Patients of any age find it uncomfortable to be staying in a hospital for several days because hospitals are often associated with sickness, medications, operations, and anything related to various health conditions. That’s on a case-to-case basis, but the most affected people when it comes to dealing with hospitals are the children.
Hospitals can be one of children’s traumatic occurrences in their youthful years, especially for ages under ten. They’re not introduced to this environment unless they have a reason to visit, which is likely stressful on its own. It can also be that other kids have had their share of unpleasant memories during previous hospital visits. Moreover, hospitals aren't exactly portrayed as positive and pleasant in books, children’s movies, or television shows.
Making Hospital Visits Delightful
Some of you may have experienced that when pediatric patients start throwing tantrums and feel anxious with the place and everyone surrounding them, administering medication can be difficult. This won't only be complicated and stressful for the child but the parents and the medical staff as well. Thus, they must know how to put children at ease during hospitalization.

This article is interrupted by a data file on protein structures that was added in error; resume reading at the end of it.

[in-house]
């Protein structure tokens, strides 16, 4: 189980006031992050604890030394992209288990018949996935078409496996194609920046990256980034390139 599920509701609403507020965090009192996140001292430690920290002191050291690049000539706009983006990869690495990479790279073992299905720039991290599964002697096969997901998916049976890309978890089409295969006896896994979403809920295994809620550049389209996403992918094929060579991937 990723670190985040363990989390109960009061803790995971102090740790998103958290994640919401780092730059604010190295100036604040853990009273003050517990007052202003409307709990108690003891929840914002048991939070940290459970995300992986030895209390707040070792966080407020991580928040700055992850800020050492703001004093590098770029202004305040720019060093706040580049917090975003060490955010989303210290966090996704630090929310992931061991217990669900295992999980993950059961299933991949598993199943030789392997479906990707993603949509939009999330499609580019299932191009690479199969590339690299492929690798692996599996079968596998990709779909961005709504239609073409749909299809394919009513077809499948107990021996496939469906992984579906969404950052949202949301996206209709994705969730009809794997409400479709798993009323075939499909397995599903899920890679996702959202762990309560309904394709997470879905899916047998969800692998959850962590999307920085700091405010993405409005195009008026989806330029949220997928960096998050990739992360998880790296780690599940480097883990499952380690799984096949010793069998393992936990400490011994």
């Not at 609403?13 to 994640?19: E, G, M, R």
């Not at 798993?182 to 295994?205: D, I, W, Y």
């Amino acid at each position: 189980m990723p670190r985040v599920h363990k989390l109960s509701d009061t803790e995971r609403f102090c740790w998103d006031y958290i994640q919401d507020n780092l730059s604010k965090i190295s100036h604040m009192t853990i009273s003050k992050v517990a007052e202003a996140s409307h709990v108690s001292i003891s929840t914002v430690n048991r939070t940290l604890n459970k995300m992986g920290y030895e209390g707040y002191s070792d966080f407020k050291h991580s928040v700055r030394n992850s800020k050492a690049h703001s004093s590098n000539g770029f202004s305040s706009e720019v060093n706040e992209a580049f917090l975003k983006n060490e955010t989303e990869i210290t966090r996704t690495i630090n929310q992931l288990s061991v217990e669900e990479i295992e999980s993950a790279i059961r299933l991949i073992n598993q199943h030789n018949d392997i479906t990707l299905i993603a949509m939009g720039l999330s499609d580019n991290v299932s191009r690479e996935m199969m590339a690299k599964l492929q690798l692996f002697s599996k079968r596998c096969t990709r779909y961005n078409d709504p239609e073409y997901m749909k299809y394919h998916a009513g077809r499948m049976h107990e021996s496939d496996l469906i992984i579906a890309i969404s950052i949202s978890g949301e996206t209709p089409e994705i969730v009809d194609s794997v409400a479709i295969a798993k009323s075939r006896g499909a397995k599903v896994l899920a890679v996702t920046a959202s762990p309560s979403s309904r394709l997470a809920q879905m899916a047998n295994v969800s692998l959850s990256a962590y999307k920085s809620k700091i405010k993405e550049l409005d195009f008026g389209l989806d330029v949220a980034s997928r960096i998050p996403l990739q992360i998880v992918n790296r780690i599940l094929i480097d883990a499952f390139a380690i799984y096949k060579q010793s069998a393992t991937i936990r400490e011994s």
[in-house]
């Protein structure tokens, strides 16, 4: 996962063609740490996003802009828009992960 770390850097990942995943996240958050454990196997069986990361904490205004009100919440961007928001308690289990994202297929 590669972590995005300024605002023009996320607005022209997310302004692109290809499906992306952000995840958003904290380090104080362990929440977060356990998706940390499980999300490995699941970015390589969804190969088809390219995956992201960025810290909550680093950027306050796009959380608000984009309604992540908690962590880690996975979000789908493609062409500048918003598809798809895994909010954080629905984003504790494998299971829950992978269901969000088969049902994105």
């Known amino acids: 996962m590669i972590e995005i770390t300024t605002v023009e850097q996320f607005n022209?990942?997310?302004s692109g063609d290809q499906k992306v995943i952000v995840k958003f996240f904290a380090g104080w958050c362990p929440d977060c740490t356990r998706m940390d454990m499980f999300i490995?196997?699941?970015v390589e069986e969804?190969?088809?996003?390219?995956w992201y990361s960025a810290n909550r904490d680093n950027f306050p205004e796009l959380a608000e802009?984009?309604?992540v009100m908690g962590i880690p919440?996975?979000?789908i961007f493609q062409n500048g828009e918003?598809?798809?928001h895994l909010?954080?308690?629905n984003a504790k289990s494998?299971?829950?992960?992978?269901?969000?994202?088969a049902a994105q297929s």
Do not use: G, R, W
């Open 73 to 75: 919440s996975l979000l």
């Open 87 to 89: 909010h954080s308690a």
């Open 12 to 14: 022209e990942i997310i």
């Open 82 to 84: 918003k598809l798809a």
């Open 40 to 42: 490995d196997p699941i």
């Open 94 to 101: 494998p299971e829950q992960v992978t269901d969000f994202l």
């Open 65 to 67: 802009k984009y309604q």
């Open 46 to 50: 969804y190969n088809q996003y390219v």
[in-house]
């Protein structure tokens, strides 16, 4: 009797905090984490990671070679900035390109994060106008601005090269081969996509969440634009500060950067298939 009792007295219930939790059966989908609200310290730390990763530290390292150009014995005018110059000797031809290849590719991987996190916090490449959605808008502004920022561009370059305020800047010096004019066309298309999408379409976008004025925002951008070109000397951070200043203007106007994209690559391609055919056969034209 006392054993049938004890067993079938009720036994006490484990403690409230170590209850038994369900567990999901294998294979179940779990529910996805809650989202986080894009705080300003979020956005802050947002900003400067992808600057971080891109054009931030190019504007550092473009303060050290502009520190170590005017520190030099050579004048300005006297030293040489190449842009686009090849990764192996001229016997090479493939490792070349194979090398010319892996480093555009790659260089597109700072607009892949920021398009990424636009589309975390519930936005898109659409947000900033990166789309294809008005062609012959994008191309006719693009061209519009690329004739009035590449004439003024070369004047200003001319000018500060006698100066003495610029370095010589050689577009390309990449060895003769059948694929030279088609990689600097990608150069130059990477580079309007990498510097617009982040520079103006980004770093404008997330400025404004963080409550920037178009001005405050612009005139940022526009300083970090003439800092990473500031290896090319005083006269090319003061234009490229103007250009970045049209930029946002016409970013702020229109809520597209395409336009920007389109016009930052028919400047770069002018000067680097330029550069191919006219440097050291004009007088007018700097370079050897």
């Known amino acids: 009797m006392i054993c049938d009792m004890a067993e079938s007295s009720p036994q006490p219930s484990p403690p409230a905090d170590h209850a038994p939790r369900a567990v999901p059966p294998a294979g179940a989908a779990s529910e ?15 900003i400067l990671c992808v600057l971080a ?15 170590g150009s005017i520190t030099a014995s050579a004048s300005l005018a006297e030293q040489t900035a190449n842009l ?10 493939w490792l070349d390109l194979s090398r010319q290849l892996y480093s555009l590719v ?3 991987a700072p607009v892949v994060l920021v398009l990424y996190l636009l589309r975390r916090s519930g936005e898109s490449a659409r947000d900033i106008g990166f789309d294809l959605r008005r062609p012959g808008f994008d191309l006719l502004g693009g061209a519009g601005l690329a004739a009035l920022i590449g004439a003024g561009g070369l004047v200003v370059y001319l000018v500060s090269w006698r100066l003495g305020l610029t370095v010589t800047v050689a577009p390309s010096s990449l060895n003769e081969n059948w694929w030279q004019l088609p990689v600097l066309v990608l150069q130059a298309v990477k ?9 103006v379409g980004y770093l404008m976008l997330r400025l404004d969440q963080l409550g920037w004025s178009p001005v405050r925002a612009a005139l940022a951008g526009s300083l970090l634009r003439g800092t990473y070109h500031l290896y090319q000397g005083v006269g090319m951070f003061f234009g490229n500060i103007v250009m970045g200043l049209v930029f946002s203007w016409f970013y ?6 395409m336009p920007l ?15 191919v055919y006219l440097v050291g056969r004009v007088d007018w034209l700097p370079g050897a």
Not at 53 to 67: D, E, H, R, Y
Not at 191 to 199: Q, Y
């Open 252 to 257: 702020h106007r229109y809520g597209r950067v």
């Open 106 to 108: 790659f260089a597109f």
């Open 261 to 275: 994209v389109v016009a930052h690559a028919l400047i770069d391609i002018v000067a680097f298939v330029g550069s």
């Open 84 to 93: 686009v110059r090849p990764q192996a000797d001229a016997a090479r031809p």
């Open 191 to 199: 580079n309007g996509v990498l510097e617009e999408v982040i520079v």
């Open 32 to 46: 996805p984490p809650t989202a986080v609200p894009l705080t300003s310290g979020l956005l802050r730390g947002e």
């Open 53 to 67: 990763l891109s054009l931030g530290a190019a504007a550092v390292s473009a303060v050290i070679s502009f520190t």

Calming an anxious child may be challenging, but it’s possible. To help you put children at ease during hospital visits, consider trying these tips:
1. Use Distractions
Pediatric nurses who’ve been in the industry for too long know even the slightest distraction can be a great help toward sustaining children’s behavior. Distractions can significantly help patients to take their minds off the hospital anxiety and overthinking.
You can distract them by asking questions about their favorite games, movies, or interests. Find a way to make them talk about their school, favorite subjects, or even their pets. The more they focus on sharing their stories, the more likely they’ll forget about their fears during treatments. If encouraging them to talk is tough, give them something they can play or interact with.
That’s why pediatric nurses are encouraged to wear medical scrubs with pockets like this
to have storage for small things like snacks, toys, colorful band-aids, and others. When you get them to concentrate on other things, the less scared they’ll be.
2. Be Calm
The last thing you’d want to do when a child is anxious and scared is to show them you’re stressed with the situation. Despite being exhausted because of your long shift, you must know how to put yourself together and remain composed when dealing with children. Even if you don’t show it, children can sense when you’re tense because of your body language. It’s also discouraged to use a commanding voice when dealing with kids, which will only trigger more fear.
Start by preparing yourself in front of a mirror. Take a deep breath
before you deal with children, so by the time you face them, all they’d see is the more comforting version of you. Use a calming and soothing voice when you talk to them. Your patience will be infectious to them, making them feel at ease and be cooperative with the treatments.